Friday is for Friends

HappinessCht.jpgFriends think about, talk about, and enjoy happiness with one another. David Naugle’s new book, Reordered Love, Reordered Lives: Learning the Deep Meaning of Happiness, is a good book to read and a good book to discuss — and I hope you find a way to read it in a group or at least with a friend. You may have heard this, but there are lots of studies today that measure the happiest places on earth (Denmark is #1) and that the correlation of wealth and happiness is not what many think it might be. And there is a correlation of happiness and one’s political/religious views. Having said that, let’s dip into Naugle’s 1st chp — which has so many ideas on happiness it is hard to contain.


Question: If you had to pick the top three things required in order to be happy, what would they be?

It is true that happiness is a “yuppie word” (Bob Dylan, who prefers “blessed”) far too often connected to doing what one wants — to a personal, subjective state. It is also true that the church has had its share of struggles affirming the value of happiness as a universal human trait. “Believers,” the church tends to say, “are straight-laced, sober, and sad. Some are cold; a few are frozen.” So Naugle argues in this book for a Christian definition and a Christian appropriation of the universal longing what is best called “happiness.”

Eden.jpg(Awesome picture.)

Naugle’s claim is that Christian happiness is “Edenistic” and not “hedonistic.” (Clever.) He finds six features:

1. Spiritually: we are made for union with God as Eikons.
2. Vocationally: we are made to undertake fulfilling work as stewards of God’s creation.
3. Socially: we are made for human companionship “especially as man and woman in the context of marriage and family life” (though he is not here addressing the single life or denying it or judging it).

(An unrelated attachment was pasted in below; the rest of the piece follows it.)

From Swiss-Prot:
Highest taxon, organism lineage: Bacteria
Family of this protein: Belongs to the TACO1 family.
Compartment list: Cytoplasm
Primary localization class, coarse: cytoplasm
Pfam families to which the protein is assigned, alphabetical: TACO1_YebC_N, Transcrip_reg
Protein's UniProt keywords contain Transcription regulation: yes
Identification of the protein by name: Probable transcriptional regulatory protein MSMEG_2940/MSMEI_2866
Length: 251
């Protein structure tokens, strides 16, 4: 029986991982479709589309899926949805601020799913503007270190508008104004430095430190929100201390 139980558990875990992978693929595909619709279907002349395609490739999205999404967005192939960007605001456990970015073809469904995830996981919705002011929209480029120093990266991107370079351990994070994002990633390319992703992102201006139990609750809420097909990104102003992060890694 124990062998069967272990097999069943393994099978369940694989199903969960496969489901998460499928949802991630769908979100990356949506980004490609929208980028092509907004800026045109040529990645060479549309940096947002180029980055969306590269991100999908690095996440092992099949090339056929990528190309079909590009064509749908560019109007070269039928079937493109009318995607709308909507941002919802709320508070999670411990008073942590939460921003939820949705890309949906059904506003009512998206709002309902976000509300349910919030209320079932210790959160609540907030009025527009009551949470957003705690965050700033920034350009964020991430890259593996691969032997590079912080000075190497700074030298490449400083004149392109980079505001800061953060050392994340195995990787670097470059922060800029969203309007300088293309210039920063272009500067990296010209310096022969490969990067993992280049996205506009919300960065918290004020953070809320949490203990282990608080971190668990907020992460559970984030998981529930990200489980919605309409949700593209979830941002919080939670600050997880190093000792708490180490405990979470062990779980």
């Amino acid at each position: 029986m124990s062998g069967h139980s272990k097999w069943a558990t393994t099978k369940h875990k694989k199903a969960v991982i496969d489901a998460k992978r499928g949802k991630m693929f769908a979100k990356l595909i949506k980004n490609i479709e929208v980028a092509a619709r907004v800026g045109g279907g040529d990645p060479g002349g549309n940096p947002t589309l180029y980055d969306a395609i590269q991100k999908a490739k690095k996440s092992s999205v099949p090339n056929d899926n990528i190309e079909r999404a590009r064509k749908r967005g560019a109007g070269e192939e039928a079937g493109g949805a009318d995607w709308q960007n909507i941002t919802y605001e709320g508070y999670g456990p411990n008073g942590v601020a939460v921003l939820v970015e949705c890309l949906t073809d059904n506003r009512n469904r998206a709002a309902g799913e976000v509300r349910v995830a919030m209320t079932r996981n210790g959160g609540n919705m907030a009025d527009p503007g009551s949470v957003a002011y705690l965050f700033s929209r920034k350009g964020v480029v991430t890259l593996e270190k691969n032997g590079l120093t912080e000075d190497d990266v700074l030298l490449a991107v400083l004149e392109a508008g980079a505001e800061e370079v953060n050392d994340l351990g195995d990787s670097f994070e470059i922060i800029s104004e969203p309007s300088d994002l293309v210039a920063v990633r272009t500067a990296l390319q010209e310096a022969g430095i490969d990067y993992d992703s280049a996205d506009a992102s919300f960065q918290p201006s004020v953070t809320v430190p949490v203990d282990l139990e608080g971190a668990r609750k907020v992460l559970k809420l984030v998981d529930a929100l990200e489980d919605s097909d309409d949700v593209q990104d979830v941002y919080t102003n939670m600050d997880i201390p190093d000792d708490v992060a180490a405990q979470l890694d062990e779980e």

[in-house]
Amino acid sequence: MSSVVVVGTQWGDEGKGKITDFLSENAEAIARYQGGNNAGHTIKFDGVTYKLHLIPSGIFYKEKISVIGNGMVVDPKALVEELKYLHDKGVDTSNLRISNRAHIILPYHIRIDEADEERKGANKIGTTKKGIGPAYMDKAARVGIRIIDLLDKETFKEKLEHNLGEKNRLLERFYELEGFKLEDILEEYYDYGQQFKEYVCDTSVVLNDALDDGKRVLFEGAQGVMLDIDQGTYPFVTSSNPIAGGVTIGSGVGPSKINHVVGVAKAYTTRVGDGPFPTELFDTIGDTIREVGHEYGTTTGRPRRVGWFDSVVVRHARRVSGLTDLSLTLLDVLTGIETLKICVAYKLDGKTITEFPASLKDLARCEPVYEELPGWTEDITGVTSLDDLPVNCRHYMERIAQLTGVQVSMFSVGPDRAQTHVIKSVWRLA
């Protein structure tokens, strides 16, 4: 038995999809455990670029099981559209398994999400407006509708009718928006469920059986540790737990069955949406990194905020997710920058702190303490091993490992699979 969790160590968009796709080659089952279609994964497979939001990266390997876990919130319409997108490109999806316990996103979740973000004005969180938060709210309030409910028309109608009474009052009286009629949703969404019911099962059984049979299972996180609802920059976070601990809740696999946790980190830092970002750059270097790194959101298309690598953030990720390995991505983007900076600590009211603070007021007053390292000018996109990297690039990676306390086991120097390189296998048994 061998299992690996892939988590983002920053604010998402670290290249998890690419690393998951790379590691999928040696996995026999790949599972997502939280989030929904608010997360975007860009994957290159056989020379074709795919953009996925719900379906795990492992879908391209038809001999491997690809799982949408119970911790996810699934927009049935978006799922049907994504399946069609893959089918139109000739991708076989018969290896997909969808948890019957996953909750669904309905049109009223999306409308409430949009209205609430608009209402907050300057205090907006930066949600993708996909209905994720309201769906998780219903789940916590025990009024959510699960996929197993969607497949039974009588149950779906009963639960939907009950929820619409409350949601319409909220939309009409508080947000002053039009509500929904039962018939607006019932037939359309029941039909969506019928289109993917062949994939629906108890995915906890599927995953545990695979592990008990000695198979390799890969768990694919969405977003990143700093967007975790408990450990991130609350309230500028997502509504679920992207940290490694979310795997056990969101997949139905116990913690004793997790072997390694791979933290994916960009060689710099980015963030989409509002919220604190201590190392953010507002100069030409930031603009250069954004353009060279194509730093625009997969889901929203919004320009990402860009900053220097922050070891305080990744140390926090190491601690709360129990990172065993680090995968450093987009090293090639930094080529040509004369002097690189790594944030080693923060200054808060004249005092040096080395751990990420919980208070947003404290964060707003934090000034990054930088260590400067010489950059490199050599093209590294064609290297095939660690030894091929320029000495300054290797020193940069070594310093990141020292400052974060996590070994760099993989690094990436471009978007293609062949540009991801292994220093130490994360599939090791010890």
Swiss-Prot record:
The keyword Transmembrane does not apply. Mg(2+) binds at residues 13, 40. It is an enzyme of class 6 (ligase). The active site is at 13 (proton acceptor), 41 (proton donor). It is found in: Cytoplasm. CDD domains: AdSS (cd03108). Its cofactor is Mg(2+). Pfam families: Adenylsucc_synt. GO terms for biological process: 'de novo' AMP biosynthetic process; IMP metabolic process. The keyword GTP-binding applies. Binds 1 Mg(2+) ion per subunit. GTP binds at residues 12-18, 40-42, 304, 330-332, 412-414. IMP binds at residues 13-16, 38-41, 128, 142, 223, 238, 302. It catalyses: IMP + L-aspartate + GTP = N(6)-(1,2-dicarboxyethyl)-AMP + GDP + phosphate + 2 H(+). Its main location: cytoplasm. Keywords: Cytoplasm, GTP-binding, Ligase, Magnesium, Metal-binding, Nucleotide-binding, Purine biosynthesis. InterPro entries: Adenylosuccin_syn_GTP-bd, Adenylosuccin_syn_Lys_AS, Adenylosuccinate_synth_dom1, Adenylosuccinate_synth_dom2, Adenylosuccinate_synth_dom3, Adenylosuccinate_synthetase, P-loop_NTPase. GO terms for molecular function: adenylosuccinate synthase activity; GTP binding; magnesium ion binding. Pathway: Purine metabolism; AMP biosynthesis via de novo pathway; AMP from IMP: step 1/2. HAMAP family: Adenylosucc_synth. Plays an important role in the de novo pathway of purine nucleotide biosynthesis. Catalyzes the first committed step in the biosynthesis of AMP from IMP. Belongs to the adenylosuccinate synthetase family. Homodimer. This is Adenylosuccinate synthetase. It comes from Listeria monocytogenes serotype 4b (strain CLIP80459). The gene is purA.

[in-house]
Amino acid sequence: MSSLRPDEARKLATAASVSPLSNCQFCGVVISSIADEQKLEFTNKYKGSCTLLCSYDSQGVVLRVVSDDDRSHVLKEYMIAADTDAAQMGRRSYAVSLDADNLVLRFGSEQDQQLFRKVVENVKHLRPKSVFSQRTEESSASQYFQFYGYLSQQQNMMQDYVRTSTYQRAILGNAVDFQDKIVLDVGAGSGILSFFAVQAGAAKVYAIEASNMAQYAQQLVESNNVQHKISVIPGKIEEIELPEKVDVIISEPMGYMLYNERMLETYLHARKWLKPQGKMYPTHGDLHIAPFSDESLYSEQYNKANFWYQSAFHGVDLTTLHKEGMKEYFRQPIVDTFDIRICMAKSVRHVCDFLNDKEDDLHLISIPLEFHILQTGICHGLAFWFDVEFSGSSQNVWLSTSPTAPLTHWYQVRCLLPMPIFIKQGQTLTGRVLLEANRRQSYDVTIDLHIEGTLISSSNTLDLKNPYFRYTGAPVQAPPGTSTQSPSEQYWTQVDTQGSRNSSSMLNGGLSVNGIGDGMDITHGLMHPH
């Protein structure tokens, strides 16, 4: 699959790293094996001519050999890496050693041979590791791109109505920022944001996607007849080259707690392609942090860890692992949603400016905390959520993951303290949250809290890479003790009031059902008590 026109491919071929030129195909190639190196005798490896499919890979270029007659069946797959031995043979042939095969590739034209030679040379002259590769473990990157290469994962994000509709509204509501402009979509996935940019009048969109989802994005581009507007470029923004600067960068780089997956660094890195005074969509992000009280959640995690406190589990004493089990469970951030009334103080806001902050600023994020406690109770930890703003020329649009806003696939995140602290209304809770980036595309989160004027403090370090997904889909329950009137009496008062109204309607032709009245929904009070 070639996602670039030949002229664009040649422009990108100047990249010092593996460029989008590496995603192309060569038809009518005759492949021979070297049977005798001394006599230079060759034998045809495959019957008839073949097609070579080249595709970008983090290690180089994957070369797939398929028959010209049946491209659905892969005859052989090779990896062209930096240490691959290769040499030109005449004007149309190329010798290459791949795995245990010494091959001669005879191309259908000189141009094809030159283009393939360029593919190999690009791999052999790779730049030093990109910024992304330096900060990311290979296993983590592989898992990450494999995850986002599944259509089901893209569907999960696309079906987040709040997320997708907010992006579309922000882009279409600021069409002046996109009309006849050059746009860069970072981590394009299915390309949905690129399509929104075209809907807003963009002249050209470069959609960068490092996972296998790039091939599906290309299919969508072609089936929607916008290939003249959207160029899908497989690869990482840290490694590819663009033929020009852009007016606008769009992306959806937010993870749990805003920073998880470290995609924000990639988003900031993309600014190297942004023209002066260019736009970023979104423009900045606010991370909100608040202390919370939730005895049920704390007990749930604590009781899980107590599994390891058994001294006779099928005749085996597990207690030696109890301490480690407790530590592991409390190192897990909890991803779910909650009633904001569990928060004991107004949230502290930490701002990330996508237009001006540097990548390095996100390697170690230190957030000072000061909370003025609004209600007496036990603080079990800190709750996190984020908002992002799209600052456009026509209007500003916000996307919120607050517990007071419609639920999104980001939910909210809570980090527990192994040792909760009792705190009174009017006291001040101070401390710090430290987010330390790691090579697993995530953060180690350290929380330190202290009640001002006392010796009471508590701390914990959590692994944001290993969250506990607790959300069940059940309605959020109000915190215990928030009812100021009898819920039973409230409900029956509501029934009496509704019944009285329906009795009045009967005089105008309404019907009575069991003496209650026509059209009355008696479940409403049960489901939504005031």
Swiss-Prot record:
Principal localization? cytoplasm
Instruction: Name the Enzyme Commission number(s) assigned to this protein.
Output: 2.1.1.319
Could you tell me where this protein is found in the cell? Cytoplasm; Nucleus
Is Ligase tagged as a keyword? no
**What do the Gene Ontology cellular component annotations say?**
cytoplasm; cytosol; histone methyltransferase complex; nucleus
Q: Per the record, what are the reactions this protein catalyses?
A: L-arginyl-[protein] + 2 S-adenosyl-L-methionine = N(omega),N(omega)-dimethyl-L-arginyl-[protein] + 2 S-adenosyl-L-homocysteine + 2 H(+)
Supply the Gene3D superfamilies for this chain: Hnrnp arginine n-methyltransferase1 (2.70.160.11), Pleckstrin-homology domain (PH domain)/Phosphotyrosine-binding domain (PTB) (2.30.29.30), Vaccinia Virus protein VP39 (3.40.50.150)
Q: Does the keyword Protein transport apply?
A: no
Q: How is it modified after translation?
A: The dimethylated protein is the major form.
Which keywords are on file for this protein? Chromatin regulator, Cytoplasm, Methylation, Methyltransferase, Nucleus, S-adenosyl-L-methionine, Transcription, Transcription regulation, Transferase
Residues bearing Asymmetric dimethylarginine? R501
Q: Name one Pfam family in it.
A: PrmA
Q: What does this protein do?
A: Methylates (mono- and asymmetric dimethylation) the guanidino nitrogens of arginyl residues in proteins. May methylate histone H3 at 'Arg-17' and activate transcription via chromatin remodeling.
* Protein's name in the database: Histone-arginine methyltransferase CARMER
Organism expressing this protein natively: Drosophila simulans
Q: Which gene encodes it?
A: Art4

4. Nutritionally: we are made to partake of food and drink.
5. Sabbatically: we are made to rest and play in the blessing of the 7th day.
6. Habitationally: we are made to take pleasure in our surroundings — an Edenic vision.

About Scot McKnight

Scot McKnight is a recognized authority on the New Testament, early Christianity, and the historical Jesus. McKnight, author of more than forty books, is the Professor of New Testament at Northern Seminary in Lombard, IL.

  • Tom

    The right wing American religious spin can’t contain itself :^)
    I do like your blog but hope you won’t fall back on sophomoric stuff that tries to show that people that disagree with you aren’t as happy as you are. In real life people go through seasons of unhappiness and happiness, and most people with less of an ax to grind recognize that those seasons don’t tend to support political or religious ideologies.
    Wish you would back off the propaganda and get back to helping us all consider how we can move ahead.

  • Chris E

    Gosh, Tom, you don’t sound very happy.

  • Andy W.

    Am I missing something here Tom. Did you not notice that Conservatives are the lowest in 2 categories? Religious is an awfully broad category and I believe your own biases might be equating religious with right wing evangelical. Did you notice how Denmark was the happiest place (neither a very religious nor right wing place)? Maybe you’ve read the book and have some inside info?

  • Tom

    No, at this point I’m not very happy, Chris.
    What does that have to do with the relevance of our comments?

  • Chris E

    Tom, I guess your post just didn’t make any sense. Scot is a committed Christian and so of course he’s going to, from time to time, say things that are complimentary to Jesus’ side. Telling him to knock it off is like telling Obama to stop being a Democrat. It’s what he is. Plus mountains of studies over decades have borne out what this chart shows; committed religious people are happier/less unhappy than the populace in general.


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